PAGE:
If you'd like to use the site and help me test it, you can join here.

Thursday, April 16, 2015

Refactoring is Ripping the Seams of Code

So... have you ever ended up in a situation where you felt you need to redo things to fix them up properly? I do (and it's not only with that curtain where I sewed the ruffle tape on wrong way).

I started a bunch of months ago to frantically build something I know people will be interested in using, but I didn't have all the skills or tools I needed. Now that I come to think of it, I think I'm a bit like these people who suddenly show up and want to start their sewing career by doing a full-fashioned extravagant wedding dress. Just that my extravagant wedding dress happens to be a website.

So I made things and built them the way they came to my mind - often experimenting wildly since I didn't know how to do things the right way. I ended up with a good deal of possible solutions and little gadgets. Now I'm cleaning up things. I'm undoing the things that I learned how to do better and I'm redoing them in a consistent, simpler, better fashion.

One reason why I ended up where I am is that I listened to people saying "don't reinvent the wheel" - which means to use existing solutions instead of making your own. That's not bad advice, actually - if I had done everything I have working now from scratch, things would probably look much worse because I wouldn't have taken the opportunity to learn from the existing solutions. My problem with this was I couldn't really tell a good wheel from a bad wheel reliably initially. So I ended up using some really great freely available solutions and some not so good ones. Now I'm moving away from the bad ones, one at a time.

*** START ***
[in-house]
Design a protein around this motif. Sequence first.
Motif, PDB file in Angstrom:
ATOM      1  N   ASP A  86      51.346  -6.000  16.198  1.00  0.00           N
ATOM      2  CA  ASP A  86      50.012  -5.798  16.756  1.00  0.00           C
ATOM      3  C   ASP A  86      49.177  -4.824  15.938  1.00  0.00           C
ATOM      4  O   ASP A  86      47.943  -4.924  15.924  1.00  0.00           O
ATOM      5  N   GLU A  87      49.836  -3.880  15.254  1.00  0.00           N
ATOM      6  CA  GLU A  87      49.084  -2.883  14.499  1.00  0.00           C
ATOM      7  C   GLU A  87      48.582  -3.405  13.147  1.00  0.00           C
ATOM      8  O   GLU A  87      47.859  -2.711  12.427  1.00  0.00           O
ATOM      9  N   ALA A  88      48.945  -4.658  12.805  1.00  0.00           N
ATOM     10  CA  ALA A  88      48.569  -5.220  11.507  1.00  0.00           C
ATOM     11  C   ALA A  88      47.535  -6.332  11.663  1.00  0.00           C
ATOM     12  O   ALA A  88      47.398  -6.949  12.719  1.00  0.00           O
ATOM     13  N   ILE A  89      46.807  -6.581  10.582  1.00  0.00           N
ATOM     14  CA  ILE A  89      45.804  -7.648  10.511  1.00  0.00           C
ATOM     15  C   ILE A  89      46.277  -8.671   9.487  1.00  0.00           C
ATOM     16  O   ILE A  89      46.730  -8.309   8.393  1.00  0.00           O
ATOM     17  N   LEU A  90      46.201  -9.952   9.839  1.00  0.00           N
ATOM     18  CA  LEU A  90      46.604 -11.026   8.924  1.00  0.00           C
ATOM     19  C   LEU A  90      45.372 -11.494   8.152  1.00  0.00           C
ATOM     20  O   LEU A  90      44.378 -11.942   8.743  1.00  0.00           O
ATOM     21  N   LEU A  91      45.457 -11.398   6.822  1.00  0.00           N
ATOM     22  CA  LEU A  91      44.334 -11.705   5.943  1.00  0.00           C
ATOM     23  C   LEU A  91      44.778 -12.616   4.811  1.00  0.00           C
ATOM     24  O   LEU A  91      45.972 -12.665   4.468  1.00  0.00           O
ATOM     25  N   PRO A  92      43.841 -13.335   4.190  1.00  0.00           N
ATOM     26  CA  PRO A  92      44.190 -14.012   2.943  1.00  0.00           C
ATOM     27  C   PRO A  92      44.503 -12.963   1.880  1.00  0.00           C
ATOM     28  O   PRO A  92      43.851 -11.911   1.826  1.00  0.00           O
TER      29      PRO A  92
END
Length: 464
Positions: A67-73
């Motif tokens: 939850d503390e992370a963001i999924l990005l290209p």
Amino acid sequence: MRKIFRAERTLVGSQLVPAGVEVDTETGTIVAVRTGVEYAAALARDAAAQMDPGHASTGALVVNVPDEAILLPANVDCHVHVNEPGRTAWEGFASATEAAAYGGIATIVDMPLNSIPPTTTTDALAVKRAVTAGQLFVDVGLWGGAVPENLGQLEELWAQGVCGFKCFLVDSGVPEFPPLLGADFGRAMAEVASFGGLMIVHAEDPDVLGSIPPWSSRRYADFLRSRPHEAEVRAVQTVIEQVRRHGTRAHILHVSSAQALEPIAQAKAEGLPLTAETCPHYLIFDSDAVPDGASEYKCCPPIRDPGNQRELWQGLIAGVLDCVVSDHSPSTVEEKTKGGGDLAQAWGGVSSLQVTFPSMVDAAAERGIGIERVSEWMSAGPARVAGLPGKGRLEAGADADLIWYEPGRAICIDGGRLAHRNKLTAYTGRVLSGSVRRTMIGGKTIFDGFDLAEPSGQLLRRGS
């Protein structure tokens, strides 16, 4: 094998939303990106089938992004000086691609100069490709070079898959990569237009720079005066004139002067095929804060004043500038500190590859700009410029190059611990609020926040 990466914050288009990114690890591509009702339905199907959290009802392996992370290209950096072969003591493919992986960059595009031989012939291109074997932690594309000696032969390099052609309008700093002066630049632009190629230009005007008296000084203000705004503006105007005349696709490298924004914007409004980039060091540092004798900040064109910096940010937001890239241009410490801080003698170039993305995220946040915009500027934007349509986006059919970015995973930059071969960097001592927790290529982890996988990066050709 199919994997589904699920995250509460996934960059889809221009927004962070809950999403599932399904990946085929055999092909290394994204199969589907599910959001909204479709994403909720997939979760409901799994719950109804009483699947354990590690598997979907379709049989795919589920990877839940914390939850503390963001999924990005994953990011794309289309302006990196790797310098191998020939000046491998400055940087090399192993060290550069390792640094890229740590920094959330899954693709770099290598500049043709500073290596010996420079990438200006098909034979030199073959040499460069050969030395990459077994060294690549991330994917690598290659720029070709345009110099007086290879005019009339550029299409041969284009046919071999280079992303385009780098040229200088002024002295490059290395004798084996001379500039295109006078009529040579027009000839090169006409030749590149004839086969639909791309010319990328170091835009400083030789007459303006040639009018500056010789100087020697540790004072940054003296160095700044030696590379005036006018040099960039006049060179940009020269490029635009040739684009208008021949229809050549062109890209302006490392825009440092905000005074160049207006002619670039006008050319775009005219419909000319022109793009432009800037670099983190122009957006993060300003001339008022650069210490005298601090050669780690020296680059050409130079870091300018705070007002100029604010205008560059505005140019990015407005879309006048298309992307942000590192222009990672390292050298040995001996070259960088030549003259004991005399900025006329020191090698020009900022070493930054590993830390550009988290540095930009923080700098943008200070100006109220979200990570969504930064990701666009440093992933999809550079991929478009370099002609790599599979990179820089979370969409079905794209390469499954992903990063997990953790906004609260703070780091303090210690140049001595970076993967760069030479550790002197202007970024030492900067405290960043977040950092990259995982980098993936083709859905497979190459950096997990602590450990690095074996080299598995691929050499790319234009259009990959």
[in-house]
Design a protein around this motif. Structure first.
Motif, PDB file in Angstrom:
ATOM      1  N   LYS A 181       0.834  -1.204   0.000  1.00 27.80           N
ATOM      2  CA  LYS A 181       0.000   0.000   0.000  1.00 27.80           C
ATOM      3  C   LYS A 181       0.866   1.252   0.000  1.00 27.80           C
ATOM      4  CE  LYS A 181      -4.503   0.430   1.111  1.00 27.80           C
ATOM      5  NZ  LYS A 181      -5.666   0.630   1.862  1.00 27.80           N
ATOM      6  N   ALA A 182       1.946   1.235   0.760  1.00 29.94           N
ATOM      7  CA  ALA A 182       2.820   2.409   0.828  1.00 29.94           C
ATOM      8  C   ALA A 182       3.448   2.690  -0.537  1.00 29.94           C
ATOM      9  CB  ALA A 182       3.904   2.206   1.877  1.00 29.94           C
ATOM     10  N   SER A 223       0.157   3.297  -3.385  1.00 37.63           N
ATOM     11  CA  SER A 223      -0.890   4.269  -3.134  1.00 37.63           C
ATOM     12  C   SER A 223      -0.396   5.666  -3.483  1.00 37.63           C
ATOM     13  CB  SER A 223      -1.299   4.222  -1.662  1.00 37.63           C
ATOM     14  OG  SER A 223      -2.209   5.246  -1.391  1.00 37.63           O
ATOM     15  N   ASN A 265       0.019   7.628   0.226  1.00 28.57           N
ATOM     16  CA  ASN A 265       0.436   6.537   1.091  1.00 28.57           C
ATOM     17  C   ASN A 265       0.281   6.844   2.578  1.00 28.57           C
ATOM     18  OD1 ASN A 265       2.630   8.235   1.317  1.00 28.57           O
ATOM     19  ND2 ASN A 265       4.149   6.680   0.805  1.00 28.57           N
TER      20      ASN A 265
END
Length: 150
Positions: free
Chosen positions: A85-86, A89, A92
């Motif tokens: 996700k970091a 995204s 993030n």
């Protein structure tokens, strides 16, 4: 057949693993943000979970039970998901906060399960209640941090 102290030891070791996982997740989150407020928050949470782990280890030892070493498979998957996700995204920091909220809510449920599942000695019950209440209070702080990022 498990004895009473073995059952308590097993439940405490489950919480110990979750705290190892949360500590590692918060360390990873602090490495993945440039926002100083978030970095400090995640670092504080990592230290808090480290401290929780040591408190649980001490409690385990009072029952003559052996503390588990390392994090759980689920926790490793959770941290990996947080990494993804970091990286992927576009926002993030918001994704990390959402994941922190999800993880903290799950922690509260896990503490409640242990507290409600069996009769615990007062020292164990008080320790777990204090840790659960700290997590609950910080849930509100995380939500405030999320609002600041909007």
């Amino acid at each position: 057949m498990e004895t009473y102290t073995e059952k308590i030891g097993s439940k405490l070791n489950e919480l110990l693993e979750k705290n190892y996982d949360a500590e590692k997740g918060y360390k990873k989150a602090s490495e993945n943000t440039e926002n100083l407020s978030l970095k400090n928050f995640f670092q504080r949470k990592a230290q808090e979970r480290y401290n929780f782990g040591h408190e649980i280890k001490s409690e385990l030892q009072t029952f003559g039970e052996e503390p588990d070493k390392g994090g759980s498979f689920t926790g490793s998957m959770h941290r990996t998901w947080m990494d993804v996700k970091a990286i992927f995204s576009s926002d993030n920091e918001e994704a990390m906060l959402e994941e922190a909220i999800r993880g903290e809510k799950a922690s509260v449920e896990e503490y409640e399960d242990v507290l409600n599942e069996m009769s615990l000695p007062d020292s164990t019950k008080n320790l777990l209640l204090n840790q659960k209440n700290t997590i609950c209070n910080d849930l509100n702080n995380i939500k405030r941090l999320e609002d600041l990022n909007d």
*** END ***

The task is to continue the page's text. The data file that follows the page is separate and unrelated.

With some of these solutions, I used very little of the functionality they offer. And that is a huge problem when you want to make a site that works nicely on mobile devices: Things that are loaded but never used are wasteful. On a fast internet connection, you hardly notice any difference, but on a slow internet connection waiting for things to load quickly gets very annoying. That's why I'm working on reducing the number of libraries - usually by writing my own code that replicates just the functionality that I actually need for the site.

With a few weeks of using CSS (and learning things with the help of some great free tutorials) and redoing the front-end part of the site from scratch, I can't call myself a designer yet. Still, I think that the new design is going to be a great improvement over how things were. At least I now have something that I fully understand since I made it from scratch - previously I was using an existing CSS framework. I feel that knowing something in detail makes it much much easier to change and adapt.

I know that this is a healthy process. There's a part of me that wants to see quick results, but I think ripping and redoing things is more helpful in the long run.


What do you think: Is it more important to ask questions and do as your elders say or to experiment and discover your own way of doing things?

No comments:

Post a Comment